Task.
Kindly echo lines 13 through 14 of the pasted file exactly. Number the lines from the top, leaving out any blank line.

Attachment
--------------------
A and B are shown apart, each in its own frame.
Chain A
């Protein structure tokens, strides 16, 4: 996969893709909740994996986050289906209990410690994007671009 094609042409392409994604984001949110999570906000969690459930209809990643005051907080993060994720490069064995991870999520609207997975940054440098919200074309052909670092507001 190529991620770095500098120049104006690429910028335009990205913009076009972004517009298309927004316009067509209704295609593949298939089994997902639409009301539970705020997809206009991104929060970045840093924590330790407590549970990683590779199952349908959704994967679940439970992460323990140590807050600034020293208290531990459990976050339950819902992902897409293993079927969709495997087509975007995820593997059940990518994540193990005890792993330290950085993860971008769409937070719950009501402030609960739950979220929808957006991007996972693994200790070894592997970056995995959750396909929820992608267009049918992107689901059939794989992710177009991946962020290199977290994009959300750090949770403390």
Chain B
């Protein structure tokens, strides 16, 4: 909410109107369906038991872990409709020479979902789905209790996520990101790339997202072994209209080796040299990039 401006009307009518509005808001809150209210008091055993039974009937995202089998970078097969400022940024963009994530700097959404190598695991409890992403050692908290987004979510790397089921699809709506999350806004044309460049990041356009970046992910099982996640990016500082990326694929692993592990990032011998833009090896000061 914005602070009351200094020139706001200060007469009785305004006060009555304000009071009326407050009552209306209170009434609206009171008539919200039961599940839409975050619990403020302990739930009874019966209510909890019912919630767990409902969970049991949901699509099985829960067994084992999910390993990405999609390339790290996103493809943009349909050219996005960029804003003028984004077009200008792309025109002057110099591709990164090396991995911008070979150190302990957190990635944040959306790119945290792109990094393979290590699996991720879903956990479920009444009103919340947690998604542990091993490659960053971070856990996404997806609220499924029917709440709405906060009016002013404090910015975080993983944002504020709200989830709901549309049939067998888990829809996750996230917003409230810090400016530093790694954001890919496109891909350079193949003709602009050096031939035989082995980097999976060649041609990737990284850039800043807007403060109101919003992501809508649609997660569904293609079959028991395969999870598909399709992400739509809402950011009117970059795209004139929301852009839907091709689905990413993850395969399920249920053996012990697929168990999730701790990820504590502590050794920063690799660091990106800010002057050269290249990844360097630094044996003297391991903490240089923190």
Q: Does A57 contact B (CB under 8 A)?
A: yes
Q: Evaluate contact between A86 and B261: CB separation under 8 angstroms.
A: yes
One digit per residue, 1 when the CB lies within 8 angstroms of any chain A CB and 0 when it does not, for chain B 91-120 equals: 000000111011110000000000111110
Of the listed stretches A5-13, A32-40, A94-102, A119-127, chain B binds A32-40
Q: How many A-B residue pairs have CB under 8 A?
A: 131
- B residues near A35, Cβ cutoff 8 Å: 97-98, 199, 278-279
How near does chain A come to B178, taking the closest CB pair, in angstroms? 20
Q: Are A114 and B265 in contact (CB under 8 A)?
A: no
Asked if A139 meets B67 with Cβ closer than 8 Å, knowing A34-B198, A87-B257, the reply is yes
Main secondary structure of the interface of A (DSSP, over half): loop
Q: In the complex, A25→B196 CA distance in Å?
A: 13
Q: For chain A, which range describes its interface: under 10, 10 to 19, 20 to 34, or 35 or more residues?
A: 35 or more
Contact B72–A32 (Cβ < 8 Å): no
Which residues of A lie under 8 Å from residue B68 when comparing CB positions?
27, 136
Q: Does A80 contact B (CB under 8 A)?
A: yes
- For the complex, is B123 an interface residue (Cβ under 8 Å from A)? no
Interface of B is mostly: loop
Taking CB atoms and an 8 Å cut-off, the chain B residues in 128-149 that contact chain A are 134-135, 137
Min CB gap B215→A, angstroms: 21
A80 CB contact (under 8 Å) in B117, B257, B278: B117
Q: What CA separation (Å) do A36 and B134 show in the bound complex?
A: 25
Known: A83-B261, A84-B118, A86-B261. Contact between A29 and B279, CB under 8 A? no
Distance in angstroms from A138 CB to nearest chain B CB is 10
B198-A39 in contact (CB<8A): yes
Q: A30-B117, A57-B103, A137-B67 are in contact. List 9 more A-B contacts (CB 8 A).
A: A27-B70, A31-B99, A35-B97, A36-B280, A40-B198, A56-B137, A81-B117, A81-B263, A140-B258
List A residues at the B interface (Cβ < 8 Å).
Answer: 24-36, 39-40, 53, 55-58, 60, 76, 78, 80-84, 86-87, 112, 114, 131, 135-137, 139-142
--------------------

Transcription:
A: 131
- B residues near A35, Cβ cutoff 8 Å: 97-98, 199, 278-279